Ten years ago, the Institute of Medicine (IOM) issued a report with eight recommendations for how nurses could improve healthcare in the United States.
The goal of the IOM Future of Nursing report, titled “The Future of Nursing: Leading Change, Advancing Health,” was to provide a prescription for nurses to facilitate the nation’s shift from hospital-based services to a system focused on prevention and wellness in the community. It was a bold move that has influenced nursing education and practice for the past decade.
In response, the Robert Wood Johnson Foundation and AARP launched a campaign — The Future of Nursing: Campaign for Action — to advance the IOM Future of Nursing report’s recommendations and created action coalitions in all 50 states and Washington D.C.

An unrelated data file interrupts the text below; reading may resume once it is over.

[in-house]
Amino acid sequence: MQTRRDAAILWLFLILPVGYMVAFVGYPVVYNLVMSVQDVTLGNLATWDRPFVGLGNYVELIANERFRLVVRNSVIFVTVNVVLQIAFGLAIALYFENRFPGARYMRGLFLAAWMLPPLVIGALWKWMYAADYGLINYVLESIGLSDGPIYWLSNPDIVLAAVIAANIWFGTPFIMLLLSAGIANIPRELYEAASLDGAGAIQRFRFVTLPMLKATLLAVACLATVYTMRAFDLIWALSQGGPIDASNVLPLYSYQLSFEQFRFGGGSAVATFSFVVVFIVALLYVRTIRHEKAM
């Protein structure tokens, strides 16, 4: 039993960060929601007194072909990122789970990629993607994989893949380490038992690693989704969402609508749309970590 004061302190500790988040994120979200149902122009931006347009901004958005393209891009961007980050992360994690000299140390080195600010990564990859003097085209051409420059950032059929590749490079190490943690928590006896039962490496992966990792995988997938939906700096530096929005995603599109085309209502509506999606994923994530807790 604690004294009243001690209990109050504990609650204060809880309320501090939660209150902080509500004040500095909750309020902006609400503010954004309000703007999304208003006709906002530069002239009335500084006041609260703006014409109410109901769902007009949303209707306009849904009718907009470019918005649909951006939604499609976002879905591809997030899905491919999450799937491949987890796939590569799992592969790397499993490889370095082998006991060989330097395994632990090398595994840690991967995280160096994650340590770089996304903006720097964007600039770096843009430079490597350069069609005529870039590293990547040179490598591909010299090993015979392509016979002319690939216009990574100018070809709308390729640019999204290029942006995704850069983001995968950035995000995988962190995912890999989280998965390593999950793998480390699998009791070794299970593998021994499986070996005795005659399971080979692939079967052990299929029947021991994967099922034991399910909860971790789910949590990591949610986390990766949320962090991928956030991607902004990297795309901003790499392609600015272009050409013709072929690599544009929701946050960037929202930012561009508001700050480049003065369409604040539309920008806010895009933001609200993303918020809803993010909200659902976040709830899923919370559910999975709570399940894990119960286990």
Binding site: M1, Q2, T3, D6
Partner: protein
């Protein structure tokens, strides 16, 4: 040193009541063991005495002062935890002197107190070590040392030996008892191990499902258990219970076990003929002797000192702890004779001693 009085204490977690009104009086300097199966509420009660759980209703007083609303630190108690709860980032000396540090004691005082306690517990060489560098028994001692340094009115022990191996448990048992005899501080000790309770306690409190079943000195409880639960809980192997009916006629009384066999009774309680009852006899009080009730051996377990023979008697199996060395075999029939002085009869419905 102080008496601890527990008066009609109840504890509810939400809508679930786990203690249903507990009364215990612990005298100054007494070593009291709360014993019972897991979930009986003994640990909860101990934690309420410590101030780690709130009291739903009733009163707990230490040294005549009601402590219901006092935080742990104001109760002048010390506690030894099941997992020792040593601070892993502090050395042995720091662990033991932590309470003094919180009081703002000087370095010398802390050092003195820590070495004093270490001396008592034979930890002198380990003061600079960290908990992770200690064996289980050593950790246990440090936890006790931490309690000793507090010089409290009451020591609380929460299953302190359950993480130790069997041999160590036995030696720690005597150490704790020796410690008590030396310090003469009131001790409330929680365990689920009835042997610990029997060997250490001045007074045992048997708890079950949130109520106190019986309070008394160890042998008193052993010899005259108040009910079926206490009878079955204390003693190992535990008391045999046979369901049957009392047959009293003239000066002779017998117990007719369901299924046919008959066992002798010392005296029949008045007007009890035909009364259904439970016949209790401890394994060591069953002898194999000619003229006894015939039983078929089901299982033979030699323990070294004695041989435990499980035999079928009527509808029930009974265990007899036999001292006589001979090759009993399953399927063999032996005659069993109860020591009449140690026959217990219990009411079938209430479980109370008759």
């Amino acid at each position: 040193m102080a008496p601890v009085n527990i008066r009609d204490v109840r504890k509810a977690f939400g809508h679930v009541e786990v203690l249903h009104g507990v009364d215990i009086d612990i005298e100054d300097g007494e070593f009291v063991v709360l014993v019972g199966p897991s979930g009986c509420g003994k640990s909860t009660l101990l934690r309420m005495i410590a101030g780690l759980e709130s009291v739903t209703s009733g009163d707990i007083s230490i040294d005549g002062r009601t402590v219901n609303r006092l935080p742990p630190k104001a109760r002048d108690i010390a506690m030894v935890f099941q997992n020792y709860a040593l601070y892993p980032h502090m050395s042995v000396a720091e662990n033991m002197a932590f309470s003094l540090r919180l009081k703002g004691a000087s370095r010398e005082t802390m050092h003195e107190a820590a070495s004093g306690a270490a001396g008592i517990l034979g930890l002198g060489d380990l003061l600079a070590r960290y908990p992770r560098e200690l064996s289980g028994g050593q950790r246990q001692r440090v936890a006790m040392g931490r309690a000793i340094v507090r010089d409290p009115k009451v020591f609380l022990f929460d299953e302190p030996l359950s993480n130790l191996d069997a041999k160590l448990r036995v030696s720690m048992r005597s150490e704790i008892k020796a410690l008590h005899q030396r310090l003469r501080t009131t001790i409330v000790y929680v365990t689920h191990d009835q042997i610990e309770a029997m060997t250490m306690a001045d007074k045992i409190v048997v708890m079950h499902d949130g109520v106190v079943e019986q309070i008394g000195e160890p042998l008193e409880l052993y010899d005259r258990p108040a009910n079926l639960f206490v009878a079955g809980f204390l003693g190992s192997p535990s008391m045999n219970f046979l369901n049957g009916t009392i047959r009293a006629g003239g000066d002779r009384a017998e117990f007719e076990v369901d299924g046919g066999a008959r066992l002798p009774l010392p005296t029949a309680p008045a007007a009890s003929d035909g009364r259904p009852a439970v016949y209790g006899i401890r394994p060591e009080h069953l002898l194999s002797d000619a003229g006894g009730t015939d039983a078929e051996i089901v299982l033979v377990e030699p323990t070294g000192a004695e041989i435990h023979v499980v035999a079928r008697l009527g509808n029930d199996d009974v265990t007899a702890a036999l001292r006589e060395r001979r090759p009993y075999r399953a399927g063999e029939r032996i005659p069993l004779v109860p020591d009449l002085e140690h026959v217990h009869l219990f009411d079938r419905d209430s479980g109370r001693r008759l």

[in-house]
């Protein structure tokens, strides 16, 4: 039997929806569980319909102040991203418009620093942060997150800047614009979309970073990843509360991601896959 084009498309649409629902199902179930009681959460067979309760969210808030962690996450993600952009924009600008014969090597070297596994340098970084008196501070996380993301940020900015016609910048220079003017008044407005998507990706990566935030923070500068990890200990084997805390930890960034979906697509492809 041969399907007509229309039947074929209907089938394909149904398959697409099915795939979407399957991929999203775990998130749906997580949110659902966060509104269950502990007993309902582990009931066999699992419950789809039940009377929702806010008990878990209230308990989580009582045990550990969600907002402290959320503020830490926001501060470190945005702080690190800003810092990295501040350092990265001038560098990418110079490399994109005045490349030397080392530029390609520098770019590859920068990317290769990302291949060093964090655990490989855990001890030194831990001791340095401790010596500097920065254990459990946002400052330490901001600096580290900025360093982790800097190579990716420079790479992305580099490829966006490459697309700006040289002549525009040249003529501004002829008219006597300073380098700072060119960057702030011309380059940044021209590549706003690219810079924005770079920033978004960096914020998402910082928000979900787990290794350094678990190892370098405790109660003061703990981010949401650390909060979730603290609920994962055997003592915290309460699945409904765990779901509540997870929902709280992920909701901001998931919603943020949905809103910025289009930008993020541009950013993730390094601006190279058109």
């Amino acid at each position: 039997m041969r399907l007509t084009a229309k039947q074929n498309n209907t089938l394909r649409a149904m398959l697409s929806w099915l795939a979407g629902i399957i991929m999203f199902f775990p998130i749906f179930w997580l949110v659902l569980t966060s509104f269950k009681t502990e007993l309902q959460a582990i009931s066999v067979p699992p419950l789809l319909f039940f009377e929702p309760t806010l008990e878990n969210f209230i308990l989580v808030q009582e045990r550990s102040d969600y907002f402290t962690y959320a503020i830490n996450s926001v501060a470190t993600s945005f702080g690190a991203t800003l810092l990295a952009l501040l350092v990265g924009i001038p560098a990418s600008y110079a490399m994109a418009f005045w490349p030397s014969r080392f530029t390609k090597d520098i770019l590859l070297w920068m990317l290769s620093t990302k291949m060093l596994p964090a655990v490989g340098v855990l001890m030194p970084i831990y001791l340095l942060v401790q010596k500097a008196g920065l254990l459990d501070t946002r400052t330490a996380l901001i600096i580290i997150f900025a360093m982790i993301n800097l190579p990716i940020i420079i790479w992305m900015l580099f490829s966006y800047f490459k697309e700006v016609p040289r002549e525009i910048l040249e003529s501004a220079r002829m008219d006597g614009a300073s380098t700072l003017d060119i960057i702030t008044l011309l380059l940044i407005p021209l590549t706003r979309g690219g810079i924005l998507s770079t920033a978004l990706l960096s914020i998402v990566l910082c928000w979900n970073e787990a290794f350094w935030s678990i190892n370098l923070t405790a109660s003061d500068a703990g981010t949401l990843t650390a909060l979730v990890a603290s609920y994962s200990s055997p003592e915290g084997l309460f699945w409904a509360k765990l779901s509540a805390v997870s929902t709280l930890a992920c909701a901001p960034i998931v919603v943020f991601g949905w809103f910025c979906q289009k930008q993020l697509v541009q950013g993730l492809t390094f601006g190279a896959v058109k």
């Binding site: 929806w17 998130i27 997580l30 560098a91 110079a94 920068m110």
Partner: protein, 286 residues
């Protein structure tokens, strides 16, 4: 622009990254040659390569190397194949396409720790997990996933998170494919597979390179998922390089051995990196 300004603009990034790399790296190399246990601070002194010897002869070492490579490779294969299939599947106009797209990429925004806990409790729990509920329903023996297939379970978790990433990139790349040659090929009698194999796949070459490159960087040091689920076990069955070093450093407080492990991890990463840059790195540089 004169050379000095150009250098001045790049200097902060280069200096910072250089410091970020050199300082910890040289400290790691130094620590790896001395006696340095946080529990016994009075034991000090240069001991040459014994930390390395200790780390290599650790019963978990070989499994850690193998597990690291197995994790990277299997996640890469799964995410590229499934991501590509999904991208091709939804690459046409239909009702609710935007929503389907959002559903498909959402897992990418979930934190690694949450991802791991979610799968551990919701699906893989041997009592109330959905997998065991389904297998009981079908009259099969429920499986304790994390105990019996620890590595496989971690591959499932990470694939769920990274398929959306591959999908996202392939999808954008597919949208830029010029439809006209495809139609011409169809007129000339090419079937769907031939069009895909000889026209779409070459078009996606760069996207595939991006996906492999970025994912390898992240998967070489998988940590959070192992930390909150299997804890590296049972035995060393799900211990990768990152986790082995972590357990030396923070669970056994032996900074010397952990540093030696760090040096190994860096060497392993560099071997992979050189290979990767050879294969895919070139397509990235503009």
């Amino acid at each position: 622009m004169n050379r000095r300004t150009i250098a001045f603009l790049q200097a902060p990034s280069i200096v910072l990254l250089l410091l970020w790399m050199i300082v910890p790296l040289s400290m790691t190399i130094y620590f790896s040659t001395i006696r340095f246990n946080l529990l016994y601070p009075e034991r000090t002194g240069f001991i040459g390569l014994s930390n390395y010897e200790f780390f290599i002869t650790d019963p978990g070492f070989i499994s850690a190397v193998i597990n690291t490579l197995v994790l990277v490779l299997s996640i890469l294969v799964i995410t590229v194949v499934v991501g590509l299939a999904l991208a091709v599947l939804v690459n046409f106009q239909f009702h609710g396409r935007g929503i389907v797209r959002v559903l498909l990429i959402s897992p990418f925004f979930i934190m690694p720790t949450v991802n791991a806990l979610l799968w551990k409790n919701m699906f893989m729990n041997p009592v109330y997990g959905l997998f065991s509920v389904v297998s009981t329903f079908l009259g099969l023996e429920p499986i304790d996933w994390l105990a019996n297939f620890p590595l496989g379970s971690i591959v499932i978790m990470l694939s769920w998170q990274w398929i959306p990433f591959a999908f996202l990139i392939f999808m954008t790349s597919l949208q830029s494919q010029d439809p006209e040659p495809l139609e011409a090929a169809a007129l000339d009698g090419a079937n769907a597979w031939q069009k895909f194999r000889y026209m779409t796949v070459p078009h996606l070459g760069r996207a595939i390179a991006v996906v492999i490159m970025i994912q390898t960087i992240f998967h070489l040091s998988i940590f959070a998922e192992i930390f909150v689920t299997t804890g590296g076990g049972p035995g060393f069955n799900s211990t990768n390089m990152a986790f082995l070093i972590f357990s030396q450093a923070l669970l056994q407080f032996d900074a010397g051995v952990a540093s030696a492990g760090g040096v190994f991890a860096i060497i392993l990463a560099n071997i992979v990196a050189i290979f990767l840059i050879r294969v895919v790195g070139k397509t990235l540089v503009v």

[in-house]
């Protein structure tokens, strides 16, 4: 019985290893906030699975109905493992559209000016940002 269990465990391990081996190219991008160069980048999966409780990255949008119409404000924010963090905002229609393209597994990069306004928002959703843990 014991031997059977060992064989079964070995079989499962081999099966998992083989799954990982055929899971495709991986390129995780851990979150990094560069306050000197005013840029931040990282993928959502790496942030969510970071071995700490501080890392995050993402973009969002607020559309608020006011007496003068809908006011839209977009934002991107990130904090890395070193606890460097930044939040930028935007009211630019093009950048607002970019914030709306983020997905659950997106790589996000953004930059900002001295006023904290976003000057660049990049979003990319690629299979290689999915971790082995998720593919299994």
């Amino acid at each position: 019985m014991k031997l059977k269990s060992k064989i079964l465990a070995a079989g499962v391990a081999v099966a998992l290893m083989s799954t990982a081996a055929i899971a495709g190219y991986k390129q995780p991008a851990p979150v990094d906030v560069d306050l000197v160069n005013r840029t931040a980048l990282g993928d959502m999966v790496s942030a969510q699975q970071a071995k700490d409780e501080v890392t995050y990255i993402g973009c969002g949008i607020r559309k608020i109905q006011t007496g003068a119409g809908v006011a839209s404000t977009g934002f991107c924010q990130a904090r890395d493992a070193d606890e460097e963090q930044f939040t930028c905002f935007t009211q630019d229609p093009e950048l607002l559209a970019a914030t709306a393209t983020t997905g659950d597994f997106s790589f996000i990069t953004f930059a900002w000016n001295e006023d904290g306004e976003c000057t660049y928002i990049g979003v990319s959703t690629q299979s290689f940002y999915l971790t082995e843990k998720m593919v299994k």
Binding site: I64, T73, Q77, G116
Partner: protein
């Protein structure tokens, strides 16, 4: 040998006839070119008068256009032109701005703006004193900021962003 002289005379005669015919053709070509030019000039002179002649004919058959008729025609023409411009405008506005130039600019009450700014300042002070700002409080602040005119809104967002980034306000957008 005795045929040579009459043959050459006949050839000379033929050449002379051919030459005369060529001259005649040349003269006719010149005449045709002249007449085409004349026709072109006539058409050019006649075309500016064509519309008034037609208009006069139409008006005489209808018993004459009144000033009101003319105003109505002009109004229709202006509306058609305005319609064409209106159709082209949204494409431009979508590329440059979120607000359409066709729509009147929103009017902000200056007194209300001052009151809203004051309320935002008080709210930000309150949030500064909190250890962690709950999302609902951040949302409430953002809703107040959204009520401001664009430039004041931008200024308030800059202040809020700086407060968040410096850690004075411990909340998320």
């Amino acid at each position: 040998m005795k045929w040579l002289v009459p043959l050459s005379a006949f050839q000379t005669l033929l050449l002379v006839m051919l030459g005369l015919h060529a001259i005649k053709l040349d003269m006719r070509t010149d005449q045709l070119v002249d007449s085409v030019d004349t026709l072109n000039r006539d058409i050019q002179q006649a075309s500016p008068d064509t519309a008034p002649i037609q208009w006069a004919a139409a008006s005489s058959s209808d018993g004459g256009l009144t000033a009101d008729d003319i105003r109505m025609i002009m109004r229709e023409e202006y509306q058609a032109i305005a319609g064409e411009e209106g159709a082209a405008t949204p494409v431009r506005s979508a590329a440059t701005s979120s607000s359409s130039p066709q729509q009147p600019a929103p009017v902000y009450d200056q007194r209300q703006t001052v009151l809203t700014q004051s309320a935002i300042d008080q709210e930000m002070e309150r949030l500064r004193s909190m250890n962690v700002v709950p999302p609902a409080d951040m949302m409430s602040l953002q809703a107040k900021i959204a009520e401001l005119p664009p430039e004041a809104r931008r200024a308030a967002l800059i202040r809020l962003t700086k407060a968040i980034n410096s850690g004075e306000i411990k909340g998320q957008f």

With the 10-year anniversary of the report rapidly approaching, leaders like Sue Hassmiller, PhD, RN, FAAN, director of the Campaign for Action, are prepared to show the progress that’s been made and areas that need more attention.
One of the campaign’s goals was to increase the number of nurses with baccalaureate degrees, because nurses with more training are better equipped to manage the increasing complexity in nursing care, according to the IOM report. In 2010, 49% of employed nurses in the U.S. had BSN degrees, compared to 56% in 2017, according to IOM report updates.
“The number of nurses who have earned BSNs has gone up dramatically, and even more than we anticipated,” Hassmiller said.
And 2012 marked the first year in the nation’s history that the number of nurses graduating with BSN degrees surpassed the number earning associate degrees.